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Fighting biases

Mentorship and communication identified as key aspects of ending gender inequalities in the energy industry

At WIN's inaugural event, attendees were asked to respond to questions about gender biases. Getty Images

Last week, female engineers and entrepreneurs from across the state gathered for the inaugural Society for Petroleum Engineers Gulf Coast Section' Women-in-Energy Congress.

Attendees were able to hear from speakers, like Susan Dio, chairman and president of BP America, who delivered the keynote address, as well as opt into breakout sessions and discussions, like "The New Age of Startups."

Throughout the day, the attendees were asked to respond to questions regarding their experience as women in a male-dominated field. The results show that mentorship and communication are both keys to ending gender biases in the workplace, while things like politics and lack of female mentors hold back results.

When asked about how men could be allies in the workplace to women, over 48 percent of respondents said male coworkers could do a better job of checking their unconscious bias in themselves and in others.

More than 47 percent responded that the biggest positive impact for their careers has been a boss, mentor, or sponsor, and almost 70 percent of those polls said that direct managers or people in the C-suite had the greatest impact of eliminating gender biases in the workplace.

For women seeking support in their careers, it was clear from the event that the solution is looking to other women who may have been in similar situations. Almost 100 percent of respondents said they have considered or pursued a career change in the past — half of those wanted a career change to expand their skill set and over a third felt like they have growth opportunities in their current role.

Texas ranks as the top state for female entrepreneurs, so there is potential for success within larger companies. According to the speakers and conversations at WIN's event, there's a lot both women and men can do to end gender biases for future business operations.

Courtesy of WIN

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Building Houston

 
 

A new executive hire for McCord is going to focus on bringing smart city technology to Generation Park. Rendering courtesy of McCord

A 4,200-acre master-planned development that's rising on the east side of town has created a new role within their executive suite to drive innovation and a new smart city initiative.

Houston-based real estate developer, McCord, has hired Nick Cardwell as vice president of digital innovation. In the newly created role, Cardwell will be tasked with bringing data-driven solutions, digital transformation, and other smart city innovation to Generation Park.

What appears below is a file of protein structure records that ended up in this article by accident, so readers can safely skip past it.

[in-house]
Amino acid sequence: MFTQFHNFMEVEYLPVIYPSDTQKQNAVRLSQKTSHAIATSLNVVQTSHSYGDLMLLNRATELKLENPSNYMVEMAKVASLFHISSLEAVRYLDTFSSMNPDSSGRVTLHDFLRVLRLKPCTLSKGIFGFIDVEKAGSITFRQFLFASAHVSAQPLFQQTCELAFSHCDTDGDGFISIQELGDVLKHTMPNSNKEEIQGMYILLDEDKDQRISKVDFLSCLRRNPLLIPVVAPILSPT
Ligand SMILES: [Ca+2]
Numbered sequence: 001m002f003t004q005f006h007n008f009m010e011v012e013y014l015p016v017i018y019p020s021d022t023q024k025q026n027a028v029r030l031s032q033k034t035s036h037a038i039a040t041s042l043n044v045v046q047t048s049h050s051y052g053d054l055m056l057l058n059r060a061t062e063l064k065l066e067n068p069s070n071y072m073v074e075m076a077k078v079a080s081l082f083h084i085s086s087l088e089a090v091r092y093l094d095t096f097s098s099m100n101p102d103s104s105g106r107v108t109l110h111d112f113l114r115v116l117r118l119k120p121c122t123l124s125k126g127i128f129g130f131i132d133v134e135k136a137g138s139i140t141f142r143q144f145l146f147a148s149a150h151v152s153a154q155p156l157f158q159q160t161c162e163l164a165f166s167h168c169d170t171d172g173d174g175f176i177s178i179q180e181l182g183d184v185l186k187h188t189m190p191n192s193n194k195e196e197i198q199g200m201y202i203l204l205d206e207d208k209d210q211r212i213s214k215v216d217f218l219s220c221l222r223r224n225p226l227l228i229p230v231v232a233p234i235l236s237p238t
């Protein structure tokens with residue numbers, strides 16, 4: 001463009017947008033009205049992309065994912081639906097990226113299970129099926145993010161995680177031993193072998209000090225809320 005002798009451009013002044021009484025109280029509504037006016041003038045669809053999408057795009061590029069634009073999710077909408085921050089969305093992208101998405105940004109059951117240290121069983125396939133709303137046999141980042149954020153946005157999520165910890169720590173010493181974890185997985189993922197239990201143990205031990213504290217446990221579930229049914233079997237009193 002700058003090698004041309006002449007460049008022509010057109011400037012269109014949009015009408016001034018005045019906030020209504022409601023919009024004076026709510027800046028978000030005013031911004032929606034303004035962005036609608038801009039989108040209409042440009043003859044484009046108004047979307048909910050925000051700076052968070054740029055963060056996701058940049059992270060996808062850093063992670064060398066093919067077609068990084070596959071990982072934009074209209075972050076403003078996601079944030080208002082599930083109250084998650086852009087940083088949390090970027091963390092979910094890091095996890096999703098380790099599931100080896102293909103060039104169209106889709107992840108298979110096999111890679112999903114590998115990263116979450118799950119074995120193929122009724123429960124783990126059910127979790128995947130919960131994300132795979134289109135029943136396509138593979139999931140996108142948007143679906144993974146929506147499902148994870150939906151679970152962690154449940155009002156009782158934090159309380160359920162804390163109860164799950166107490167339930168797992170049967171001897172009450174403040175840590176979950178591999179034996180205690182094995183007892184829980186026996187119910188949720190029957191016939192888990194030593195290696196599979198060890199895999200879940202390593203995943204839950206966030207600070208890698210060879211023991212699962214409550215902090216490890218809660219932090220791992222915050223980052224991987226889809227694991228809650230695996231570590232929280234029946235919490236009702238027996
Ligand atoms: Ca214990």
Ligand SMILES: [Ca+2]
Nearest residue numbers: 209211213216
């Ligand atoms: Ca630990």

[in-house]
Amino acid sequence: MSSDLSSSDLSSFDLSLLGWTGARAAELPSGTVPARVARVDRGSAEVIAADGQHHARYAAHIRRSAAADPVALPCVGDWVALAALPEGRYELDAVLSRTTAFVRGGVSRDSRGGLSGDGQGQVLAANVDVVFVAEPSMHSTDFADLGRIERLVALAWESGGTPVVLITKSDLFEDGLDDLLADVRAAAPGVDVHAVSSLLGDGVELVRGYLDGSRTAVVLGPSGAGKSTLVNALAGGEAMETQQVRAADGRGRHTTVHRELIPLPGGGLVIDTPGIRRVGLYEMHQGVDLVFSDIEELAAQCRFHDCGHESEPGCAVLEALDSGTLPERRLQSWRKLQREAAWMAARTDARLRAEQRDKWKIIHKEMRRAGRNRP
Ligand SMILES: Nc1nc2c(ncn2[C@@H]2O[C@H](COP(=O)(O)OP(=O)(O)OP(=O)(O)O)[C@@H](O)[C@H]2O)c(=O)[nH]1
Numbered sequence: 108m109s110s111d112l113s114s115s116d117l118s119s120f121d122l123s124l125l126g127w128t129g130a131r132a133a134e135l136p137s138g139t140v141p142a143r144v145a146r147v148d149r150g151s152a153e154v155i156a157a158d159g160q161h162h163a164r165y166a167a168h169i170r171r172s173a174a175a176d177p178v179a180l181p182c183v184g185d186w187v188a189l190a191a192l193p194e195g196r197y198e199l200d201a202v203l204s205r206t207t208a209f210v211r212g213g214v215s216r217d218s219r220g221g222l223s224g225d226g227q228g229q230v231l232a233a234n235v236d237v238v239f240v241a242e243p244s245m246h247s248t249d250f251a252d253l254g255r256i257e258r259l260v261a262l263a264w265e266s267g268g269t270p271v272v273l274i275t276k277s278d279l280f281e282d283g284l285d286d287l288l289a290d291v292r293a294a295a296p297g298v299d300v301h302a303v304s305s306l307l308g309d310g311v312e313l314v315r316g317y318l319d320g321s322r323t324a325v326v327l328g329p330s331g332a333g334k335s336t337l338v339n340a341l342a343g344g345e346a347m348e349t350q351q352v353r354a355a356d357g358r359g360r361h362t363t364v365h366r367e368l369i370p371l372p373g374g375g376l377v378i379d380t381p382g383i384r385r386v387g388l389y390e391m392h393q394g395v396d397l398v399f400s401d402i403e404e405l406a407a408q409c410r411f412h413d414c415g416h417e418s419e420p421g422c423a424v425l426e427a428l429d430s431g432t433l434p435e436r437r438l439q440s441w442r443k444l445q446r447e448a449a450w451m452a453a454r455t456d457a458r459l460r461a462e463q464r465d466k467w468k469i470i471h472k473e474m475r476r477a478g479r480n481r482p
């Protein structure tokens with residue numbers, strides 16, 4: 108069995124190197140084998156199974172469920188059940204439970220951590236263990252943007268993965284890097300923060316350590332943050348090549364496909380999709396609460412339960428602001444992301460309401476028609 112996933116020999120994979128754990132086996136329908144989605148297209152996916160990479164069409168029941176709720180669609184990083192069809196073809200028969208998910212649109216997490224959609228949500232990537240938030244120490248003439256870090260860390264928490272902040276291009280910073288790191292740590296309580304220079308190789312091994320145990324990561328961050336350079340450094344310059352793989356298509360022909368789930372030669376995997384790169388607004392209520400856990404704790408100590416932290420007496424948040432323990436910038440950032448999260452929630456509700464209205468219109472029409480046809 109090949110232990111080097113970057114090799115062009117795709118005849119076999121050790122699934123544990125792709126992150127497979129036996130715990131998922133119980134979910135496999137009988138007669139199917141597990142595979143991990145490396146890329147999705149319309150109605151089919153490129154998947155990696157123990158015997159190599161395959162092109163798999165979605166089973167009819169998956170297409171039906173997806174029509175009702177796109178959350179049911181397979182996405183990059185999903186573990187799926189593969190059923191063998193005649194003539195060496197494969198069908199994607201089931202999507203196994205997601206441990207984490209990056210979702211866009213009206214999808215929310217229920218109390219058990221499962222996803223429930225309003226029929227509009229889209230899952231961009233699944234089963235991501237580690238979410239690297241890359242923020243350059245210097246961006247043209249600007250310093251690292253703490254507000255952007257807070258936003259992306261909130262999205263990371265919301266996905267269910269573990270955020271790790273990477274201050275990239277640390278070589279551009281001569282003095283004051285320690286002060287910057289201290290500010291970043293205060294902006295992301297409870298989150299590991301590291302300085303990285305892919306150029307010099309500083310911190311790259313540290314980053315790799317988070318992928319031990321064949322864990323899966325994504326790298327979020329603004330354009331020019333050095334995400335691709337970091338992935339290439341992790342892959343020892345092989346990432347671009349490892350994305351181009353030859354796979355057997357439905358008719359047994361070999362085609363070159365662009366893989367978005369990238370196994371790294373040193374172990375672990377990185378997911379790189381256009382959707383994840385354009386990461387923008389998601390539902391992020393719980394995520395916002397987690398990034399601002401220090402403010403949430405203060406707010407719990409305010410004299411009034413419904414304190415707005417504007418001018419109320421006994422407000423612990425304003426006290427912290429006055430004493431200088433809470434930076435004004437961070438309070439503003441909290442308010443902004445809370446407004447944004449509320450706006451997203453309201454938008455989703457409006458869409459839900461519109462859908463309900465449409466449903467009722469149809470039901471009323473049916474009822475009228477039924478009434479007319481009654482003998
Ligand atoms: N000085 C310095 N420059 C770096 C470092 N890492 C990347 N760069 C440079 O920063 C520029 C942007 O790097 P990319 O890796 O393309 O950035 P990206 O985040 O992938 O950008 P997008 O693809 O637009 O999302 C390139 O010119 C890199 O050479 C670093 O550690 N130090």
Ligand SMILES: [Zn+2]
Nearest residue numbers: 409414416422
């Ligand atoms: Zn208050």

"Sensor technology, machine learning, and big data capabilities have exploded in the last decade and are rapidly outpacing the built world," says Ryan McCord, president of McCord, in a press release. "Bolting this digital future onto aging cities is no easy task. With Generation Park, we have a once-in-a-lifetime opportunity to start from the beginning and rapidly prove up hardware and software technology solutions, at a massive scale."

Both the size of the development — which is larger than Google's Sidewalk Labs project in Canada and Toyota's Woven City in Japan, according to the release — and location are what provides Generation Park with this opportunity for smart city technology.

"Generation Park, while being physically many times larger than most smart city projects, also benefits from being located in a more physically, socially, and economically diverse test bed of a notoriously low-regulation part of the United States — Houston, Texas," McCord continues.

As the development is currently still being worked on, McCord's current focus right now is tapping into data to drive project and design decisions.

Cardwell has a background in technology and was previously overseeing operations and engineering at Austin-based construction software company, Bractlet.

"McCord's vision for Generation Park is the future of commercial development, pushing digital innovation into the forefront and leveraging cutting-edge technologies throughout their portfolio. I am beyond thrilled to join the McCord team and help make that vision a reality," says Cardwell, in the release. "Through the use of experiences, data, and collaborations, we will accelerate learnings and, in turn, advance resources that will truly improve people's lives."

Nick Cardwell has been hired as vice president of digital innovation at McCord. Photo courtesy of McCord

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